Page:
Tag Archives: Boston Red Sox

High Tech – 1990 Upper Deck, Wade Boggs

8 Jul

 

1990 Upper Deck – Wade Boggs

So, Wade Boggs was a pretty decent hitter.  Even though he sold his soul to the Yankees in December 1992, and ended his career with Tampa Bay about a decade before they were good, he still had 3010 hits and a career batting average of .328.  I guess you could say it made sense that Upper Deck wanted to use some fancy technology to show us his swing (turn your head sideways, it kind of makes sense).

However, Wade Boggs might be more famous because of the legend that claims he once drank 64 beers on a cross-country flight from Boston to Los Angeles.  Regardless of what the actual number was, I think it’s pretty clear that Boggs liked a little drinky drinky in his day, and we should help keep the legend alive for future generations of high-functioning alcoholics.

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Manly, Magical Mustaches – American League Batting Champs

15 May

1986 Fleer – 84 & 85 AL Batting Champs

In 1984, Don Mattingly hit .343 as a 23-year old and won the AL batting title, also leading the league in hits and doubles.

In 1985, Wade Boggs hit .368 (!), which got him the AL batting title that year.  Only two players in the American League have hit higher than .368 since – Nomar Garciaparra in 2000 and Ichiro Suzuki in 2004.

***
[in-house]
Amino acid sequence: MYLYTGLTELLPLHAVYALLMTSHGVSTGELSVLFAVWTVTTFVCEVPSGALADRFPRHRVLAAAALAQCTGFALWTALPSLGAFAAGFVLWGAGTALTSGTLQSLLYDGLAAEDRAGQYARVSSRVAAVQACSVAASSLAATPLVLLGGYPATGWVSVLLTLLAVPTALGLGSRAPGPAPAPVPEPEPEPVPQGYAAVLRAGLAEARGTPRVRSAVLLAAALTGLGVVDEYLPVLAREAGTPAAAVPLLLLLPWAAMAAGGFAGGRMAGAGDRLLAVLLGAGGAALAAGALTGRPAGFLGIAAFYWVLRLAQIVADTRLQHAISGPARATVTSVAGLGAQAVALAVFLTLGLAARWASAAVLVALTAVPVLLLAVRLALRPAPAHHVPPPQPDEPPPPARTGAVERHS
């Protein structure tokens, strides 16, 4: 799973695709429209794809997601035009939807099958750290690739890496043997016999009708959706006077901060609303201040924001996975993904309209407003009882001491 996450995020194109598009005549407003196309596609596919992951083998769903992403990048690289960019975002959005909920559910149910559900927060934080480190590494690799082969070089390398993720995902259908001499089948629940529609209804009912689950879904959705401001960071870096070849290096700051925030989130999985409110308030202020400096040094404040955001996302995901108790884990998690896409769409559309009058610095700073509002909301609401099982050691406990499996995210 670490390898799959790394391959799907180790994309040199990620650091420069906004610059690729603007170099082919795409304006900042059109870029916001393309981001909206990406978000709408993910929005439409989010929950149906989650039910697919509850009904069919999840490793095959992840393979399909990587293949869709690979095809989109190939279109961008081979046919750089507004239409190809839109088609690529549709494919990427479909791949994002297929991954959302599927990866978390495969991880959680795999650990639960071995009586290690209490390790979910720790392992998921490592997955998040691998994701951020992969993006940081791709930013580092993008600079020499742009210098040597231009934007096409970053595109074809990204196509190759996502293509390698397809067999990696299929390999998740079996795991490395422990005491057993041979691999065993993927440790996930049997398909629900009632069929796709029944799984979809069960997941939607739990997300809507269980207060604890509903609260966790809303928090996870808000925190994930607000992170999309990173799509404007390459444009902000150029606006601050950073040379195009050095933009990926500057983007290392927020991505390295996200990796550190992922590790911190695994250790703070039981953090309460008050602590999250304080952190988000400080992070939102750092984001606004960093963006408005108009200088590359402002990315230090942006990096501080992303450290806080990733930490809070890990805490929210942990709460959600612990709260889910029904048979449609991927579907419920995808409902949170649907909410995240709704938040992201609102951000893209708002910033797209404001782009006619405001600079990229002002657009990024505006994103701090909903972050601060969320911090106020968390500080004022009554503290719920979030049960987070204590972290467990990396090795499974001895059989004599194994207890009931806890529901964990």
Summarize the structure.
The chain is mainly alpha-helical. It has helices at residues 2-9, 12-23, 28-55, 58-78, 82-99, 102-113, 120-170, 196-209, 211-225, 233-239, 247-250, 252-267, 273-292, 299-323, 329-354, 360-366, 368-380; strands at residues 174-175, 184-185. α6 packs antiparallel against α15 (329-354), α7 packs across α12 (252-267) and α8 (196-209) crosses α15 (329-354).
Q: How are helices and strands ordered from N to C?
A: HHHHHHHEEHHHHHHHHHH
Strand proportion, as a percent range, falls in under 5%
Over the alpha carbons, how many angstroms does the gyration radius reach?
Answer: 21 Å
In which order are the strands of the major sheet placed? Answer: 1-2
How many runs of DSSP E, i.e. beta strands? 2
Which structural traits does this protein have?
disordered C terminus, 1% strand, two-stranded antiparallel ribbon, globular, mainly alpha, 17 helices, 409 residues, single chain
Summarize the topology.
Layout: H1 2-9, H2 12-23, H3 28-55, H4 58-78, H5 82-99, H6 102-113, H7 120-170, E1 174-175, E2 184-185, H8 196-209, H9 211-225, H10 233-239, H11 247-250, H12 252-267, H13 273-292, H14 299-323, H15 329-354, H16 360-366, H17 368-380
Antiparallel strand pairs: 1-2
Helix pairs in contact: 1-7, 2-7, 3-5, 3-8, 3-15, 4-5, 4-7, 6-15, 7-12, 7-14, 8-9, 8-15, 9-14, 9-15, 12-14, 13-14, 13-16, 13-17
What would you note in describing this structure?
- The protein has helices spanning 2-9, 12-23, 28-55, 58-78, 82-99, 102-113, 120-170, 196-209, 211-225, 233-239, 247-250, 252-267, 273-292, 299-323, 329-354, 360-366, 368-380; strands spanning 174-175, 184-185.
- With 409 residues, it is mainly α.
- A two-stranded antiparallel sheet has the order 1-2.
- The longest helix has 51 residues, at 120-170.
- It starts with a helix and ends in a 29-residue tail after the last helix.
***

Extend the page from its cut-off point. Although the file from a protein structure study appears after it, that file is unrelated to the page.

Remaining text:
In 1986, Fleer recognized that they both had spectacular mustaches, and made the baseball card you see above.

You see, there is value in the mustache.

Brothers from Another Mother – Greg Harris

7 Apr

1991 Donruss - Greg A. Harris

1991 Donruss - Greg W. Harris

Two Greg Harrises pitched in the Majors in 1990: Greg Allen Harris, who played for Boston that year, and Gregory Wade Harris, who played for San Diego.

How we know they’re different people:

Greg Allen Harris was known not only for being both a mediocre starter and a mediocre reliever, he also wore a funny-looking glove that could be worn on either hand, because he had the ability to throw with either hand.  He even demonstrated this ability on 1991 Score.

Gregory Wade Harris, meanwhile, posted some pretty decent numbers as a reliever before being converted into a mediocre starter himself.  He threw with his right hand only.